2. I still remember the print of those lovely orange California poppies I purchased in the late 1970s at the original Nature Company store in Berkeley. I can’t remember the artist now, but it was glorious — nothing but about a half dozen flowers with their leaves on a plain ivory background. I lost it during Tropical Storm Allison, and it grieved me no end. I think they are a perfect flower.

    Liked by 1 person

  3. I’m afraid I’m not so keen on orange flowers, although I can imagine that the hills covered with California poppies would have looked pretty spectacular. I have to confess I had a ‘fluffy’ pink California poppy which flowered steadfastly for two years and then gave up. I liked it very much, and was sad that it didn’t set seed.

    Liked by 1 person

    1. The seed eventually revert back to the more typical orange anyway, like nasturtiums revert to orange and yellow.. There is nothing wrong with the garden varieties of California poppy. They just are not as excellent at the original.

      Liked by 1 person

    1. Yes, the colors are pretty, but the wild poppies are so perfect in pure orange! All the new varieties are pretty in the right situations. They just are not the same or as perfect as the originals.

      Liked by 1 person

  4. I read a little book by John Muir years ago that described a walking trip he took from San Francisco to Yosemite. He described the wonder of walking through miles and miles of wildflowers – literally hundreds per square foot – all through the central valley. Florida was the same I think. That’s how it got it’s name. How amazing it must have been 2 or 300 yrs ago – with all the huge old trees – and millions of wildflowers in the spring…

    Liked by 1 person

    1. The small swaths I remember from the 1980s were so nice that I can not imagine what fields of them must have been like.
      The redwoods around here are very impressive. Each one can provide enough lumber to build a house. Yet, their trunks are much smaller than the stumps of those that were harvested a century ago.


  5. It’s sad that just in our lifetime things have changed so radically. It is the same with the wild animal populations. I had a friend in Florida who said when he was a kid he went duck hunting at small lakes by the Gulf of Mexico where he lives – and there were hundreds and hundreds of ducks. Now you will only see a few. It was interesting to hear you describe your own experience of the wildflowers in your area.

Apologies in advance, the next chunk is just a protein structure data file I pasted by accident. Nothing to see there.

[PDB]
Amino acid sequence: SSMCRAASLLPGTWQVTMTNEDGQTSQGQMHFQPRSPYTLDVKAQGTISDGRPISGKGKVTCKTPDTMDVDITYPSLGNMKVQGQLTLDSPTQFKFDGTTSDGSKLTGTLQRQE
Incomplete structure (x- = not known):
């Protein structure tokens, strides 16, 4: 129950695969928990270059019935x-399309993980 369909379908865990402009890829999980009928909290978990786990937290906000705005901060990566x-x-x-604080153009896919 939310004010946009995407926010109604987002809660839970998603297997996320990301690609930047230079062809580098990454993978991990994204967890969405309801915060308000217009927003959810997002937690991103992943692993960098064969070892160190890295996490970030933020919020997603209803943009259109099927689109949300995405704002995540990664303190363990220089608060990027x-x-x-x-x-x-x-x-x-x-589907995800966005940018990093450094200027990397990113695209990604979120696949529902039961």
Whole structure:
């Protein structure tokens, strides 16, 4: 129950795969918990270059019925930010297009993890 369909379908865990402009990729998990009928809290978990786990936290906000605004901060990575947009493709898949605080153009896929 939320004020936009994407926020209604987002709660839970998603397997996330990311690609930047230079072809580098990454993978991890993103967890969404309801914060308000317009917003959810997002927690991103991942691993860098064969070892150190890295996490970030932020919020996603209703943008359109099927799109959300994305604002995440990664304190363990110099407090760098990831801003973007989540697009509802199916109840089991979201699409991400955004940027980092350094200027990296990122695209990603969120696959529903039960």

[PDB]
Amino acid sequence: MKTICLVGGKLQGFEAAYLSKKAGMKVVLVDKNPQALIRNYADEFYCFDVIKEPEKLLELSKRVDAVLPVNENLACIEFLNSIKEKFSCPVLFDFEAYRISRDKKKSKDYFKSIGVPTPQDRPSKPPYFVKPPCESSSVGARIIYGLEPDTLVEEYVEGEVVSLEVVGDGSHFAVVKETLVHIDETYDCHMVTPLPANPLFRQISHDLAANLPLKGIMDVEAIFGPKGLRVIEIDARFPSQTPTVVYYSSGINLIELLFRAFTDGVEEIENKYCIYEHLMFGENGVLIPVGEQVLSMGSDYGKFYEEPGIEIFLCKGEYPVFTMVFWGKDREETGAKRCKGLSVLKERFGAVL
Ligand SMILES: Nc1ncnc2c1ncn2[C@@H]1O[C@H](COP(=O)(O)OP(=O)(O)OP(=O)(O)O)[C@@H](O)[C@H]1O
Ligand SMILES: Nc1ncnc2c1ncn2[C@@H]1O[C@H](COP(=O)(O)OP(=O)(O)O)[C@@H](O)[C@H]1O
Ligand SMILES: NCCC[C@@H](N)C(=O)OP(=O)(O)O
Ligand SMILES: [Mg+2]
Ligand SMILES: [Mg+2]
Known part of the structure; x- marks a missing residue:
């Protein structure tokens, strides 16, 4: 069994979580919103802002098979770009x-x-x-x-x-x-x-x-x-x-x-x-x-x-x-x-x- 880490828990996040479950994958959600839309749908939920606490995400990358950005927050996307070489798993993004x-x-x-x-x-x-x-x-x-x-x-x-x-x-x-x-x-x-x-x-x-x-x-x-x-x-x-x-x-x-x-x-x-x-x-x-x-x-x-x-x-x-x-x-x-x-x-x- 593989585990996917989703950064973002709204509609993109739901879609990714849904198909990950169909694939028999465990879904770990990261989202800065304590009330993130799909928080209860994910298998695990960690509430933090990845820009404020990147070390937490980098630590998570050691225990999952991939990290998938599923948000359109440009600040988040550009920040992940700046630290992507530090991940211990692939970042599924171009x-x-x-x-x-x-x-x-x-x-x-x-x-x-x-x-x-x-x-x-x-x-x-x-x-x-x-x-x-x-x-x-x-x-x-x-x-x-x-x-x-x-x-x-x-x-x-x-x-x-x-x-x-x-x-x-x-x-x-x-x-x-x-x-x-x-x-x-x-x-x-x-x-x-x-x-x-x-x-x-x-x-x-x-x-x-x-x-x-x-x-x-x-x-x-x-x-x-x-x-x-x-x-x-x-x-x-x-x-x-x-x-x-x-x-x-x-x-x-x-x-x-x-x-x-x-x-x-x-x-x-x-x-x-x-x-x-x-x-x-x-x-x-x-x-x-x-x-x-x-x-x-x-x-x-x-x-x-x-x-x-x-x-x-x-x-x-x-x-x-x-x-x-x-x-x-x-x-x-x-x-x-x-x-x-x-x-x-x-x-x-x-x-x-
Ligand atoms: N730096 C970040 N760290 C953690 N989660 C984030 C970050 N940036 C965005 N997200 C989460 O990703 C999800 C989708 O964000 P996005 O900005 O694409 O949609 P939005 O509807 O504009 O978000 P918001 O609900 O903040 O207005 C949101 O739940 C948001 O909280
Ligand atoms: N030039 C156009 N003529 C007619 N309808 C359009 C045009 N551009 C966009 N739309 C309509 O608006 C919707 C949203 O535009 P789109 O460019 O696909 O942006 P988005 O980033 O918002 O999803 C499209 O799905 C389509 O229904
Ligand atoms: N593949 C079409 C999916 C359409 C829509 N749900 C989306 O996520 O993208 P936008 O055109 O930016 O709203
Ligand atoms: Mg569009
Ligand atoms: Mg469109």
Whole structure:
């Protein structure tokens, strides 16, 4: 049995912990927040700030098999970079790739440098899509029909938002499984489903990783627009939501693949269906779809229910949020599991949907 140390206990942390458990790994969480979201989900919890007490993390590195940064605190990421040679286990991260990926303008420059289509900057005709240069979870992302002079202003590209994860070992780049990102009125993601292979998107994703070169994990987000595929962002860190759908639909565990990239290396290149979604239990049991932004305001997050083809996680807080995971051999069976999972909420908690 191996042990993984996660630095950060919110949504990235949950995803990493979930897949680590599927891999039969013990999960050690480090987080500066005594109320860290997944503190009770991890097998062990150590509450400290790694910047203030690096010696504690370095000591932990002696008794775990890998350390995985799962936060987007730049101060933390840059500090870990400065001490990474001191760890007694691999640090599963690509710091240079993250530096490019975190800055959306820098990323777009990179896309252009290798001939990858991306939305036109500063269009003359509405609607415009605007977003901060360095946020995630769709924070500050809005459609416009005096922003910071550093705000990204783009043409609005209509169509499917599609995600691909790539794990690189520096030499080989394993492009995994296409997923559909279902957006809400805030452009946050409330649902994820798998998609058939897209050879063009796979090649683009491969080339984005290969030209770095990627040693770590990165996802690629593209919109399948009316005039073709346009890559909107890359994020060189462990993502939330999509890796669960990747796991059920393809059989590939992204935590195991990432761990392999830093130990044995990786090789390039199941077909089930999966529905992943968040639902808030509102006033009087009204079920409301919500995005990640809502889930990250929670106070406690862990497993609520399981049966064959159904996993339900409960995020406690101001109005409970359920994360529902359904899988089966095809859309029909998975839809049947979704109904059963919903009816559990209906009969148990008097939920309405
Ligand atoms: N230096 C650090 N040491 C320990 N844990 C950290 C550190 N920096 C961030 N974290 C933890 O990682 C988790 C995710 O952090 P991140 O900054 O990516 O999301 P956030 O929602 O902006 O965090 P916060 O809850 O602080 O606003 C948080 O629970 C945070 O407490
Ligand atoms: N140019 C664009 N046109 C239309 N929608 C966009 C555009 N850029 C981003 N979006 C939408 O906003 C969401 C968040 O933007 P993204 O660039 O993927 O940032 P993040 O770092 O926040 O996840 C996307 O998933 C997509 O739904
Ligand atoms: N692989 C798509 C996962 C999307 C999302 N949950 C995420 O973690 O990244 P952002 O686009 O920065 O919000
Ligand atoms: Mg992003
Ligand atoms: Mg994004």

There was an earthen dam near me on the lake we lived next to in Florida that was left “wild” for a few years and it was filled with wildflowers. There was a rough path down the middle of it and I remember walking that 100 foot trail and counting 99 butterfly chrysalises hanging on the wildflowers next to the trail. That didn’t count the ones all across the rest of the dam – just the ones I saw next to the path! There were sooo many butterflies! It was wonderful! Then the resort that owned the property decided they needed to mow it. I tried my darnedest to talk them out of it – but they didn’t listen… But it made me realize what we could do with even small things like that small patch of land filled with wildflowers. It helped “generate” hundreds of butterflies. And who knows what else…

    Liked by 1 person

  6. Reblogged this on Tony Tomeo and commented:

    After this article posted three years ago, someone explained the genetics of the weirdly bred poppies mentioned in the last paragraph. That comment must have been in s subsequent article, since it is not here.


Leave a Reply

Fill in your details below or click an icon to log in:

WordPress.com Logo

You are commenting using your WordPress.com account. Log Out /  Change )

Google photo

You are commenting using your Google account. Log Out /  Change )

Twitter picture

You are commenting using your Twitter account. Log Out /  Change )

Facebook photo

You are commenting using your Facebook account. Log Out /  Change )

Connecting to %s